Symbiotic Efficiency of Native Rhizobia Nodulating Common Bean (Phaseolus vulgaris L.) in soils of Western Kenya
Dida, Mathews M.
Opala, Peter A.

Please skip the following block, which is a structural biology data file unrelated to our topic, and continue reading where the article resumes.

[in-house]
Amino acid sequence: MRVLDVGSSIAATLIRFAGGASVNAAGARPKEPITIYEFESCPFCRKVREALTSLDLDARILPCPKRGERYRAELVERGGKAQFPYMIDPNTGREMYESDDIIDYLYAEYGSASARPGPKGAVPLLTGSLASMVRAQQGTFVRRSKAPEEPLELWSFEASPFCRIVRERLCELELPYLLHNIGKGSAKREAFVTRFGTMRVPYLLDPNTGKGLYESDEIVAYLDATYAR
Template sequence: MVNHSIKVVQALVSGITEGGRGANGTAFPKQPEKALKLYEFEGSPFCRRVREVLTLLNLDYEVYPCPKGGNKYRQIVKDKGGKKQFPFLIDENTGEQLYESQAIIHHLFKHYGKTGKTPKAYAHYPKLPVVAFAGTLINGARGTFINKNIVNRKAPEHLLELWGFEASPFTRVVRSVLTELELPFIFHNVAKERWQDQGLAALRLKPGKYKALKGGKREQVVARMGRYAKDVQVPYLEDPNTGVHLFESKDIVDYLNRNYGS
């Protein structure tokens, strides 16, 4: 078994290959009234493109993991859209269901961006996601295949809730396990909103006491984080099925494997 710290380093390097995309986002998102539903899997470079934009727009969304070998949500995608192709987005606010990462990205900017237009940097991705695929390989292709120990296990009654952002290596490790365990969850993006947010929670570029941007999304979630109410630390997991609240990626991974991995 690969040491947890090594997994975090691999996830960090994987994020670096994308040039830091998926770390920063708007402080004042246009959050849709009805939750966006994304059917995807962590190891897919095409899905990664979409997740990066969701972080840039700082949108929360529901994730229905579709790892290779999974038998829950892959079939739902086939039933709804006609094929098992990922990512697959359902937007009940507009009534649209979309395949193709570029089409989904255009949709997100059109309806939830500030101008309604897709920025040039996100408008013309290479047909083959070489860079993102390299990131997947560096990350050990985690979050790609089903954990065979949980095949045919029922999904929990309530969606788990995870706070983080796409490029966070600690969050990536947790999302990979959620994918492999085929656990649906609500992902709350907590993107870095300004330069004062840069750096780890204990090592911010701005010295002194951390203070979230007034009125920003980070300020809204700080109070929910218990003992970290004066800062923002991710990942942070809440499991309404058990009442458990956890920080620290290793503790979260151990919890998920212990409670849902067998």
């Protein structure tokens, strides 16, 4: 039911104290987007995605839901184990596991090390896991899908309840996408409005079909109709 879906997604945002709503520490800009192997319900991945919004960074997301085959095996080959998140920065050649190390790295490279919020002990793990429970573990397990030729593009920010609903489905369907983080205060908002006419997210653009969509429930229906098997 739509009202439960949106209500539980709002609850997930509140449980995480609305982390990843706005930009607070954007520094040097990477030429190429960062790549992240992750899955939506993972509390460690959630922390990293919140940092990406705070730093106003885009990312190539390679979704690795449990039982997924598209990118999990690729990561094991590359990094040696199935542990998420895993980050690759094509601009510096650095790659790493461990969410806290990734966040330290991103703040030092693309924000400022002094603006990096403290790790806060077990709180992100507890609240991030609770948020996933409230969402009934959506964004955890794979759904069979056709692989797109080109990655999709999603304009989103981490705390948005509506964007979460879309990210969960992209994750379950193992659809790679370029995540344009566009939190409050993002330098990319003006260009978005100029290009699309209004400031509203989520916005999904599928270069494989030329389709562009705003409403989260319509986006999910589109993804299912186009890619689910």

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This study was conducted to determine the abundance and symbiotic efficiency of native rhizobia nodulating common bean in Kisumu and Kakamega, Kenya. Soil sampling was carried out in three farms that had been used for of growing common bean for at least two seasons and one fallow land with no known history of growing common bean or inoculation. Abundance of soil rhizobia and symbiotic efficiency (SE) were determined in a greenhouse experiment. Native rhizobia populations ranged from 3.2 × 101 – 3.5 × 104 cells per gram of soil. Pure bacterial cultures isolated from fresh and healthy root nodules exhibited typical characteristics of Rhizobium sp. on yeast extract mannitol agar media supplemented with Congo red. Bean inoculation with the isolates significantly (p < 0.05) increased the shoot dry weight, nitrogen (N) concentration and content. The SE of all the native rhizobia were higher when compared to a reference strain, CIAT 899 (67%) and ranged from 74% to 170%. Four isolates had SE above a second reference strain, Strain 446 (110%). Our results demonstrate the presence of native rhizobia that are potentially superior to the commercial inoculants. These can be exploited to enhance bean inoculation programmes in the region